Mental Health

Recent Posts

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Law Enforcement, Health Advocates, and Members of Congress Push to Reduce the Number of People with Mental Illnesses in Jails

Programs that can help reduce the number of people with mental illnesses in jails, ranging from police training to certified peer support, are the basis for a new wave of national efforts highlighted Tuesday as Congressional leaders joined the Council of State Governments (CSG) Justice Center and the National Association of Counties (NACo) to discuss potential federal reforms and a new national initiative driven by the two organizations.

U.S. Capitol

Congress Funds Key Criminal Justice Programs

Congress funded three key programs championed by the Council of State Governments Justice Center as part of an appropriations bill that provided $26.7 billion to support U.S. Department of Justice programs.

Announcements

Academic Cosortium on Criminal Justice Health

Eighth Academic and Health Policy Conference on Correctional Health

Hosted by the Academic Consortium on Criminal Justice Health, the University of Massachusetts Medical School, and the Yale School of Medicine, this conference provides a forum for researchers, clinicians, administrators, educators, policymakers, and grant funding leaders to network, share evidence, and learn about emerging research and relevant policy updates in the field of correctional health care.

Webinars

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Improving Outcomes for Court-Involved Youth with Co-Occurring Disorders

This webinar provides an overview of three briefs that were recently published by National Center for Mental Health and Juvenile Justice and the National Council of Juvenile and Family Court Judges on the treatment of co-occurring mental health and substance use disorders among youth.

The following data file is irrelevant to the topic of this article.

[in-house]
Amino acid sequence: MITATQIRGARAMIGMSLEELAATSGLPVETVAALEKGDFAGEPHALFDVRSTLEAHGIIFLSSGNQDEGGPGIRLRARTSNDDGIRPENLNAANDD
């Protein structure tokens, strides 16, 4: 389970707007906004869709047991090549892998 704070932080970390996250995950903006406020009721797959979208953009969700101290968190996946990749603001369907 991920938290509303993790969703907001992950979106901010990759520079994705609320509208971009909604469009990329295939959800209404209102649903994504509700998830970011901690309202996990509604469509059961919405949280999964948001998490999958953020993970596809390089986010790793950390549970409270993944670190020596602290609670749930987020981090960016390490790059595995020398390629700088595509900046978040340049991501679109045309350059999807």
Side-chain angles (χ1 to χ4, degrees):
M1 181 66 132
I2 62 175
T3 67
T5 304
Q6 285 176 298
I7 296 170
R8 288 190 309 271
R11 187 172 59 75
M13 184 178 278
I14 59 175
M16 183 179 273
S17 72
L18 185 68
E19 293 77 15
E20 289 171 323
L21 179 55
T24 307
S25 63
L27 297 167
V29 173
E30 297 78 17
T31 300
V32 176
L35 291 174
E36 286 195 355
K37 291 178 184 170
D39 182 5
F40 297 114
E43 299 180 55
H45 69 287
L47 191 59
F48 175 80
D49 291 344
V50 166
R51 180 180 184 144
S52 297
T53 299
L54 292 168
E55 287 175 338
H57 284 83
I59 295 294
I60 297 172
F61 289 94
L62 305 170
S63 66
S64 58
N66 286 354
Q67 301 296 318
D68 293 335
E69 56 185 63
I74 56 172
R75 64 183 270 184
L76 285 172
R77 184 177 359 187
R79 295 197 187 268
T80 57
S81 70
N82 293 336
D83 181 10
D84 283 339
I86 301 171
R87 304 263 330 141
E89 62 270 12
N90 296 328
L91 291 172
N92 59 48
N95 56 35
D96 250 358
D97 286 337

SSI and Medicaid: Powerful Tools for Reentry

SSI/SSDI and Medicaid: Powerful Tools for Reentry Success

This CSG Justice Center hosted webinar provided an overview of eligibility criteria and the enrollment process for SSI/SSDI and Medicaid benefits; discussed the federal SSI/SSDI Outreach, Access, and Recovery (SOAR) training program as a way to improve enrollment; and offered success stories and lessons learned from the field.

Seminar on Assisted Outpatient Treatment

In this December 2013 seminar hosted by the Substance Abuse and Mental Health Services Administration, presenters examined research findings, implications, and outcomes of Assisted Outpatient Treatment, as well as other topics related to people with serious mental illnesses.

Publications

Recent headlines

Report Says Mental Health Court Programs Render Positive Results

According to a 2013 report, a three-year evaluation of 10 Michigan mental health courts found that participants re-offend at significantly lower levels than comparable groups of offenders who did not participate in the mental health courts.

N.M. Health Crisis Center Holds Promise

The Tucson center offers an alternative to jails and hospital emergency rooms, which too often are destinations for substance abusers and mentally ill people in Bernalillo County, McNease said. Law enforcement officers deliver about half the center’s patients, he said.

Prison Reform Top Priority Concern for New Corrections Secretary

Florida’s new Secretary of Corrections is facing questions from state lawmakers concerning confidence, inmate deaths, and complaints of abuse from officers. The main question appears to center on the agency’s ability to police itself.

Mental Health Care Lacking in State and Federal Prisons

A significant portion of state and federal prisoners are not receiving treatment for mental health conditions, according to research by The University of Texas Health Science Center at Houston (UTHealth) School of Public Health.

Texas Experts Say Prison Reform Best Way to Control Costs

A pair of experts on prison reform from Texas made the case Thursday for efforts underway to make sweeping changes in Utah’s criminal justice system at the same time a new site is being sought for the Utah State Prison.

Study: Ohio Diversion Program Decreases Delinquency

Here’s more evidence that treatment is often more effective than incarceration for young offenders.

Most offenders ages 10 to 18 with mental health and behavioral problems who were diverted from detention centers to a treatment program in Ohio over an eight-year period showed decreases in future delinquency, a study shows.